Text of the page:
British Hostages Untrained In Rules Of Incarceration

British Hostages Untrained In Rules Of Incarceration
April 4th, 2007  
Team Infidel

Topic: British Hostages Untrained In Rules Of Incarceration

British Hostages Untrained In Rules Of Incarceration
Washington Times
April 4, 2007
Pg. 6
Sailors, marines weren't briefed on captivity, hostile interrogation
By Bill Gertz, Washington Times
The 15 British sailors and marines captured by Iran were not trained to withstand captivity in hostile hands, British defense officials said yesterday.
A navy spokesman at the British Defense Ministry said it is difficult to discuss the rules for the captives without helping the Iranians controlling the sailors and marines, who were seized March 23 by Revolutionary Guards forces.
A second British defense official said discussing such rules was a problem, since any official comments might endanger the captives.
"We wouldn't want to give away the game," this official said.
However, the navy spokesman said the sailors and marines were not engaged in combat operations and were conducting a search of a suspect vessel in a "friendly environment" when they were seized.
"We're not talking about people in a war environment," the official said. "Therefore, the level of training is different."
For example, special-operations commandos are trained in specific techniques for withstanding hostile interrogation and torture.
Some of the sailors and marines have made public "confessions" that British Prime Minister Tony Blair suggested were coerced, in violation of international conventions on handling prisoners of war.
The Third Geneva Convention states that captured military personnel are required only to provide their captors with name, rank, date of birth and service number.
"These are ordinary sailors that were doing a routine boarding operation who now find themselves in a very unusual situation," the British spokesman said. "They're living on their wits and common sense to survive."
A retired British colonel said the days of withholding all military-unit information are gone because the Internet often posts such basic data.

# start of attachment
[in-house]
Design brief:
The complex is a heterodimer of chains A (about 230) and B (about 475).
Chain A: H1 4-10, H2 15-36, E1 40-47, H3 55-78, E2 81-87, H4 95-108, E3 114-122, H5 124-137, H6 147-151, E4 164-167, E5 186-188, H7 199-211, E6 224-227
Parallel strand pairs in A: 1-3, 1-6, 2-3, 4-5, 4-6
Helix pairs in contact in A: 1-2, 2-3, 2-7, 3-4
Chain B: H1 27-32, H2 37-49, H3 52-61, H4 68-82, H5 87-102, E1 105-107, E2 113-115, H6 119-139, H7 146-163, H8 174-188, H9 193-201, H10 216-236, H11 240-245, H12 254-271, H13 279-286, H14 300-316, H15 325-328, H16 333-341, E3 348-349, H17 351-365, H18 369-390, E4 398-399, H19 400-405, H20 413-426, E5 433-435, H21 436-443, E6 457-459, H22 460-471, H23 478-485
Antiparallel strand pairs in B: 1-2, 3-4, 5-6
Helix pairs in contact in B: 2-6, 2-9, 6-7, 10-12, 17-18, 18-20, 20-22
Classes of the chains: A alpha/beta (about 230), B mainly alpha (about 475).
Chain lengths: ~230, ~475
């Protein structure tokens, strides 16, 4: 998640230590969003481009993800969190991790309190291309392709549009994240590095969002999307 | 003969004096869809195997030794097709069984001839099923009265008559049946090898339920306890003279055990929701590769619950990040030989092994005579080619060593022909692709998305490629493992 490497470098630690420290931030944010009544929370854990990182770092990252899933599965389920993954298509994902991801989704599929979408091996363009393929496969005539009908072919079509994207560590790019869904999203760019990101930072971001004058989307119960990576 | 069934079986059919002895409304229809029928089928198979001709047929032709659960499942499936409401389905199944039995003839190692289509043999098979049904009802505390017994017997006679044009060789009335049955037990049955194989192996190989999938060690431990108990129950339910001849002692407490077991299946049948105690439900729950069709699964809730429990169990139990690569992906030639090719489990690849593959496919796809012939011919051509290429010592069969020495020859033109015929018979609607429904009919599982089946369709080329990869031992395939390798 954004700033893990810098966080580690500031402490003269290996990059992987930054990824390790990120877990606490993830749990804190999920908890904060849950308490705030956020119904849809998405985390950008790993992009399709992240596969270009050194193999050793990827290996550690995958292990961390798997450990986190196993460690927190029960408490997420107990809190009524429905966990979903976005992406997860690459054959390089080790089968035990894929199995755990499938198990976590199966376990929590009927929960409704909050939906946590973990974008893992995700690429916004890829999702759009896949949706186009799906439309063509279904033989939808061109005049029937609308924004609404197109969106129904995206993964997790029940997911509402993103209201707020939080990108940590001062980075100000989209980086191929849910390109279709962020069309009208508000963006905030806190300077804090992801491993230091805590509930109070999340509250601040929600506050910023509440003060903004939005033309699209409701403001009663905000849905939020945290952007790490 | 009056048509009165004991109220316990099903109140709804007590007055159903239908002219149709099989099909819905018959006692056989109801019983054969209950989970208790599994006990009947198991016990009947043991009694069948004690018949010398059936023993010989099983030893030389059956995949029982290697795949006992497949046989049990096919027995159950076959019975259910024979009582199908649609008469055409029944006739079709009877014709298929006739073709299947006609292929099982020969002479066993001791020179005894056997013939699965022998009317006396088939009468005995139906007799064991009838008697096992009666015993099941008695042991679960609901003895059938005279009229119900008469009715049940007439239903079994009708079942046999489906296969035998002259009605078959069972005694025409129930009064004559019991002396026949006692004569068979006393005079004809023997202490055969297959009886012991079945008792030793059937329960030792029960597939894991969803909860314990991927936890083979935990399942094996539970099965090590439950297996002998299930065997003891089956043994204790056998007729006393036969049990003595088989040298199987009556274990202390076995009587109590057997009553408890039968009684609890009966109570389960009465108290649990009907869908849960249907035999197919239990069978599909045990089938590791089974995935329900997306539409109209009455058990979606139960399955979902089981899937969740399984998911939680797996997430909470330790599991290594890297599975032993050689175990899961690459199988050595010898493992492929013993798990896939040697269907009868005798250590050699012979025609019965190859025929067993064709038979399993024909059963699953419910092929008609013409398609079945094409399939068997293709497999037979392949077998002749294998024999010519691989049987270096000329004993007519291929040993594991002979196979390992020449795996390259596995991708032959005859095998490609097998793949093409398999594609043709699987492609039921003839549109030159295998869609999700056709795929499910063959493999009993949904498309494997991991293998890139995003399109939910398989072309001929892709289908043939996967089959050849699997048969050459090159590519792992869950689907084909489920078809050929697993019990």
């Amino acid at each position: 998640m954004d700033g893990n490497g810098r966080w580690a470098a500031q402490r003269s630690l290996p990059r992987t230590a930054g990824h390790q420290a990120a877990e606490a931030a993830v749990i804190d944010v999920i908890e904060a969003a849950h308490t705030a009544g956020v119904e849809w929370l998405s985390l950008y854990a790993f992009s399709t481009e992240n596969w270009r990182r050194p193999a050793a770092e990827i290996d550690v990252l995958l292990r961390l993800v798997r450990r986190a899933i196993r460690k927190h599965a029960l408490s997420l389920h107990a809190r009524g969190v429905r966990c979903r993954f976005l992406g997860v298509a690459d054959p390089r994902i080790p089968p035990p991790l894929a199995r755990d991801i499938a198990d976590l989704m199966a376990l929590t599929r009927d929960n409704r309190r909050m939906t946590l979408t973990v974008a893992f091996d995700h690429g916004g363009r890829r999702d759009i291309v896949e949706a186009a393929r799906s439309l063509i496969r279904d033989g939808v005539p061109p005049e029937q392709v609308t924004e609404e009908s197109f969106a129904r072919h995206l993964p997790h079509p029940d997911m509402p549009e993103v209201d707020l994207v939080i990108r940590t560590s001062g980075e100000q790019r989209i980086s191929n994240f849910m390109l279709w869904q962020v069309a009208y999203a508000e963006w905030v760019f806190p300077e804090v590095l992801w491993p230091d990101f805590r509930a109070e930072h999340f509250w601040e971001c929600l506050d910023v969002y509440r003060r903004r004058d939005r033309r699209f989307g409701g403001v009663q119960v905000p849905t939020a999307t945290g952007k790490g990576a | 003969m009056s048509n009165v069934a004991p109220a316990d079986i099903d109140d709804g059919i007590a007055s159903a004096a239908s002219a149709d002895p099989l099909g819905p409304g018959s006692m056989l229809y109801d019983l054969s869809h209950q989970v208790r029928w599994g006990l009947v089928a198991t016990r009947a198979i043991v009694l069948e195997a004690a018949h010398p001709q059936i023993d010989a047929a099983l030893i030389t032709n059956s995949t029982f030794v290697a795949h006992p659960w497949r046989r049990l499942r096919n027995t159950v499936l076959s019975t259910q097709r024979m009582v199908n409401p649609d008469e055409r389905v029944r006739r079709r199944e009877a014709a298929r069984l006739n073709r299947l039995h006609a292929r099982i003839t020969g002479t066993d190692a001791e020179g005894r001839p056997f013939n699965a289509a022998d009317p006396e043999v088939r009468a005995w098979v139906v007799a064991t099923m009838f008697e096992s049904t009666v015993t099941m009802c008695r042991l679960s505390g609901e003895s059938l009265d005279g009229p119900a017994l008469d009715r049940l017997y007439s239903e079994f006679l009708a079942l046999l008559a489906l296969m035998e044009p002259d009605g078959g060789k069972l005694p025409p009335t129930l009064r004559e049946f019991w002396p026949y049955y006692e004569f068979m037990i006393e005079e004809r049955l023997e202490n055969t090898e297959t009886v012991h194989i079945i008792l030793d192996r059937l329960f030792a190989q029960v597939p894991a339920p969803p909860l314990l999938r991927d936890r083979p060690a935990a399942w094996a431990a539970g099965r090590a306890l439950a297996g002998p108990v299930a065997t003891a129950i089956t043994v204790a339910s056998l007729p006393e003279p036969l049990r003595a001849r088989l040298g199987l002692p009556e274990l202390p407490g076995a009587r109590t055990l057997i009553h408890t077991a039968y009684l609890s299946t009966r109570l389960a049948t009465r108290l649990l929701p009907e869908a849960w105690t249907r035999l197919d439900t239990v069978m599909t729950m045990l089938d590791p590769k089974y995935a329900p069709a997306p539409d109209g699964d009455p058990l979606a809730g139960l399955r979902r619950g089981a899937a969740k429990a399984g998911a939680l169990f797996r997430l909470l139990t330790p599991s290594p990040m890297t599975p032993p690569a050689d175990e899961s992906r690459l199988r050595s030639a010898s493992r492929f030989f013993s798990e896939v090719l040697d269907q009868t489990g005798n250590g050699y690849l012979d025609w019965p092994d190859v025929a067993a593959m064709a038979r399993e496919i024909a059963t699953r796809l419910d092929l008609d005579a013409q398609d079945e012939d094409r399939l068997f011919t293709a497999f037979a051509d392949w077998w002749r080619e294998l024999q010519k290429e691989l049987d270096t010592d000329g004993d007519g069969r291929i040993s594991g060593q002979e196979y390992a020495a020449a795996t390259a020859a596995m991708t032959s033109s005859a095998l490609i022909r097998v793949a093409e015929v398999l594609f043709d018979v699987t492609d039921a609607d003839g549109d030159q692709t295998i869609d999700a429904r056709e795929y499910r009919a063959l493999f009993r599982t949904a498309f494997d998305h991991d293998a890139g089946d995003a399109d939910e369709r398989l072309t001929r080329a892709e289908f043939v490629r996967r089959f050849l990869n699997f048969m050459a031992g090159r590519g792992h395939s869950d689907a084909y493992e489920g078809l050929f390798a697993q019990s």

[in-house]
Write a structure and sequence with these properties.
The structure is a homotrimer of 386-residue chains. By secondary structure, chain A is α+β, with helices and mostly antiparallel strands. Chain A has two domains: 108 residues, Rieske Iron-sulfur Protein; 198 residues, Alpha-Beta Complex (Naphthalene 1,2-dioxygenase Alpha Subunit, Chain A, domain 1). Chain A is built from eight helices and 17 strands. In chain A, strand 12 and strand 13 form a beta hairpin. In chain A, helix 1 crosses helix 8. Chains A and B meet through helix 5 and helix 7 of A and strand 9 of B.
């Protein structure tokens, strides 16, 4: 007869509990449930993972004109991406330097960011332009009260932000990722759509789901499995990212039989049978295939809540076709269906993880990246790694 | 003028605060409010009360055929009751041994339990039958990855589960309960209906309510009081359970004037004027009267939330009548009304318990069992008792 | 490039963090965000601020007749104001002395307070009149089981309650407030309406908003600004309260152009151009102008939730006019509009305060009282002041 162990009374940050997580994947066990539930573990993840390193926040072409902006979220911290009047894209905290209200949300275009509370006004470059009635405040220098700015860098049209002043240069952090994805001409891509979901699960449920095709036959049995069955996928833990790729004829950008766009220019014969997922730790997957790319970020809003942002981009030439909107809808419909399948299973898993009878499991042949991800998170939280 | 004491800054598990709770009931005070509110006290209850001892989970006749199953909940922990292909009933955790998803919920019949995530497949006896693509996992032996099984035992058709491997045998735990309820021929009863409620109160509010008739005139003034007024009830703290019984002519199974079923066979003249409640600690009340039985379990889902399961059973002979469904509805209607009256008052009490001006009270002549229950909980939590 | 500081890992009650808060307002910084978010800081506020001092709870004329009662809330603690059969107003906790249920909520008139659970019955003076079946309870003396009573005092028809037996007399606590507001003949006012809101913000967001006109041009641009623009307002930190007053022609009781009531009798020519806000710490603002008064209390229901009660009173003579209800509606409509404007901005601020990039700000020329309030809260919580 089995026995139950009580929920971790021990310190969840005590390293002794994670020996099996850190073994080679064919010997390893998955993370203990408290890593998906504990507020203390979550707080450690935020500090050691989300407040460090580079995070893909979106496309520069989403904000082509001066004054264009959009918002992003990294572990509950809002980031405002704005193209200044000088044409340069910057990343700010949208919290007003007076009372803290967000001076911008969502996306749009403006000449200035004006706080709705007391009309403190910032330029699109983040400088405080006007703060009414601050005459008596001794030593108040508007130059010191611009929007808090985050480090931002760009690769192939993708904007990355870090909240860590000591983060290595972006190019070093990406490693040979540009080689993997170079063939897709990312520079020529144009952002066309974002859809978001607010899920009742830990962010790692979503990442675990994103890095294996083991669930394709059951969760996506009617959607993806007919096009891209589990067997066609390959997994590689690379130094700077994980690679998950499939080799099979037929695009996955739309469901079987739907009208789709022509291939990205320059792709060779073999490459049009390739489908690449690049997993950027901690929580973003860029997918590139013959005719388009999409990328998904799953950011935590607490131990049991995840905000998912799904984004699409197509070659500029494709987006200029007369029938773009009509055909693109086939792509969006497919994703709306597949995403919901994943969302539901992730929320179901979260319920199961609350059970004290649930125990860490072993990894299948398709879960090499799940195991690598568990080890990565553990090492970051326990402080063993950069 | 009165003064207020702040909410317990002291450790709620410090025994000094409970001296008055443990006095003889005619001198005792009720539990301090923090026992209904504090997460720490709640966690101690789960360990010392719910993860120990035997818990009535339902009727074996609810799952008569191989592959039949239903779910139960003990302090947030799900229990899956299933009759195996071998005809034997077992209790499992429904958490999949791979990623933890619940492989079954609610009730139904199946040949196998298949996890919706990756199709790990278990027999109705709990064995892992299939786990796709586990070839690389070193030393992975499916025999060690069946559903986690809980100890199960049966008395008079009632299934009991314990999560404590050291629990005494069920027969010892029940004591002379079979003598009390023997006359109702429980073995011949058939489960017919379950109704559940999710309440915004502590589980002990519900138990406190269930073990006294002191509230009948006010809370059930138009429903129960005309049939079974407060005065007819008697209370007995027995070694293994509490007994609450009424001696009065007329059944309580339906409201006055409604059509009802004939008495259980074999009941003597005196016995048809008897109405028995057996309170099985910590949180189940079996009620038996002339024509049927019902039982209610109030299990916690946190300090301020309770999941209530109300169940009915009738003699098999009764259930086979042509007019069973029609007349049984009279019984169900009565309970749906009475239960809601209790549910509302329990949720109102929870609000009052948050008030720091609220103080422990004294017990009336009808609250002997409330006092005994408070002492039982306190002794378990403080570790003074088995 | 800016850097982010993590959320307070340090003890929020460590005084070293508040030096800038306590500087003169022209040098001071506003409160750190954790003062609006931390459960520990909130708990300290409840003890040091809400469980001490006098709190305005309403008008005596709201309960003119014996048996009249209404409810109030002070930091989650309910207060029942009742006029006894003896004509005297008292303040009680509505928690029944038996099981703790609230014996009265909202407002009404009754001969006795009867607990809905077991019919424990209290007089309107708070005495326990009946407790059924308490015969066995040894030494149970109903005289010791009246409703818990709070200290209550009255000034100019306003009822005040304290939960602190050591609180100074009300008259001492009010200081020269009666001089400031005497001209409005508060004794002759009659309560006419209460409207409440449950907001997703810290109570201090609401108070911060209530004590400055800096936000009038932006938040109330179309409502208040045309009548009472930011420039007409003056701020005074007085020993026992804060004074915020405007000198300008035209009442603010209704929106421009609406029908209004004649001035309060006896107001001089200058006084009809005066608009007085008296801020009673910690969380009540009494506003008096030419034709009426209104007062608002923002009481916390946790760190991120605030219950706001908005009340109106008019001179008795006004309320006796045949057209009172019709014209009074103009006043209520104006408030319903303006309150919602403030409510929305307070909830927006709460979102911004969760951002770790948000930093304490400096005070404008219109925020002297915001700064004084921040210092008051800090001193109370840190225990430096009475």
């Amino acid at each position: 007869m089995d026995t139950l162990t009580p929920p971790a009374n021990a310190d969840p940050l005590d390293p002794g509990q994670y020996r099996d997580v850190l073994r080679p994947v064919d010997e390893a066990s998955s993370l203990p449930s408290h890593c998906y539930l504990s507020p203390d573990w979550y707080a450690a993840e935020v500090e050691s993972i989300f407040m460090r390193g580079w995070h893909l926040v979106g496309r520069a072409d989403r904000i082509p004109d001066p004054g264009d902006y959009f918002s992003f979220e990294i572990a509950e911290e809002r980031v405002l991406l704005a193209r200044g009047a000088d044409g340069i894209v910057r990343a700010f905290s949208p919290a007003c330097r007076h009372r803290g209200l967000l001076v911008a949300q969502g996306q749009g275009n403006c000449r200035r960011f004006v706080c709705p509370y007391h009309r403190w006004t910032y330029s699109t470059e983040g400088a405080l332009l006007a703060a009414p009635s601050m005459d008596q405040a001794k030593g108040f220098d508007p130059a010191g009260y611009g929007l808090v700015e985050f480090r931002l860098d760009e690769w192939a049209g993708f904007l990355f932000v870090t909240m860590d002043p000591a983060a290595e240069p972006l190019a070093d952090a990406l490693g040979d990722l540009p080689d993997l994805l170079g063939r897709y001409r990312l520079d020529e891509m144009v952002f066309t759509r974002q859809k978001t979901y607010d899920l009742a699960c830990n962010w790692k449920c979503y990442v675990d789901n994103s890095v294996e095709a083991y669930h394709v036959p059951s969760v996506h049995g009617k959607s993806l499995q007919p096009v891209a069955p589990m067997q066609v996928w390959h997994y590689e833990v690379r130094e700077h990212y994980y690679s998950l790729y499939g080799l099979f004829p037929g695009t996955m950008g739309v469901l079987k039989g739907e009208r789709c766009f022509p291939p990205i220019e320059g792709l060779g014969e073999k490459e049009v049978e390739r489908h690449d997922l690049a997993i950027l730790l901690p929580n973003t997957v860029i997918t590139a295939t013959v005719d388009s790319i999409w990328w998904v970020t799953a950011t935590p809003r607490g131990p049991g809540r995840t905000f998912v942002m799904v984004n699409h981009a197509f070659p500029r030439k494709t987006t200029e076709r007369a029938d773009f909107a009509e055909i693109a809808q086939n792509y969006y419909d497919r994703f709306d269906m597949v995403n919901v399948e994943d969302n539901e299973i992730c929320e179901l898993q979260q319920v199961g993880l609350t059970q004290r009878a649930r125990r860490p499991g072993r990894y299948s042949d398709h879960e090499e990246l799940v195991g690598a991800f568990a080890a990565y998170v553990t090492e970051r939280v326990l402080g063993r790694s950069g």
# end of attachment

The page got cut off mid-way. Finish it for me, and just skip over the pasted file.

However, military personnel are discouraged from cooperating, and there is a strict prohibition on providing classified information, the former officer said.
A U.S. defense official said the Joint Chiefs of Staff upgraded the 1950s-era "code of conduct" for captured U.S. military personnel after the 1979 Iranian hostage crisis. The code provides moral guidance but is not applied to all captive or hostage situations. It is applied on a "situational basis," and misconduct can result in prosecution under military law, the official said.
Critics have said the British military's vague rules of engagement on when force can be used may have contributed to the capture and subsequent standoff.
U.S. forces in the region operate under stricter rules of engagement, which allow them to use force if hostile boats or ships come too close. It appears the British rules were lax in that the Iranians were able to get close enough to seize the sailors.
While technically not at war with Britain, Iran is required to follow international law in holding detainees, according to the International Committee of the Red Cross (ICRC).
According to the ICRC, captured combatants or civilians detained by an "adverse party" are entitled to respect for their lives, their dignity and "their personal rights and their political, religious and other convictions."
The ICRC also states that they are to be protected against violence and allowed to communicate with families and "must enjoy basic judicial guarantees."
Robert L. Maginnis, a retired Army officer, said the American code of conduct is clear: Troops and officers will never surrender if they still have the means to resist.
"Had the captured sailors and marines been Americans, they should have fought and, if necessary, died resisting," Mr. Maginnis said. "Of course, that's likely why the Iranians went after Brits and not Americans."
April 5th, 2007  

Do you think USMC personnel would have fought back were they in that situation?

Is there any difference between UK's and Americans' ROEs?
April 5th, 2007  
Geezus. Anyone serving in the Middle East should get all the necessary training!!!!
British Hostages Untrained In Rules Of Incarceration
April 5th, 2007  
Originally Posted by phoenix80

Do you think USMC personnel would have fought back were they in that situation?

Is there any difference between UK's and Americans' ROEs?

According to the code of conduct:

Aside from that, as stated above, the US would never have allowed an enemy/hostile/unknown vessel close enough to conduct such an operation.

Keep in mind, US Military and foreign military many times have different Standard Operating Procedures for circumstances. In a situation such as this it would have been a "shoot first, ask questions later" as soon as hostile intent was noted.

As for USMC personnel fighting back . . . what fight? The people would never have been allowed to board ship.
April 5th, 2007  
Team Infidel
^^^ What he said... It is all about the code of conduct. Thanks Marinerhrodes...

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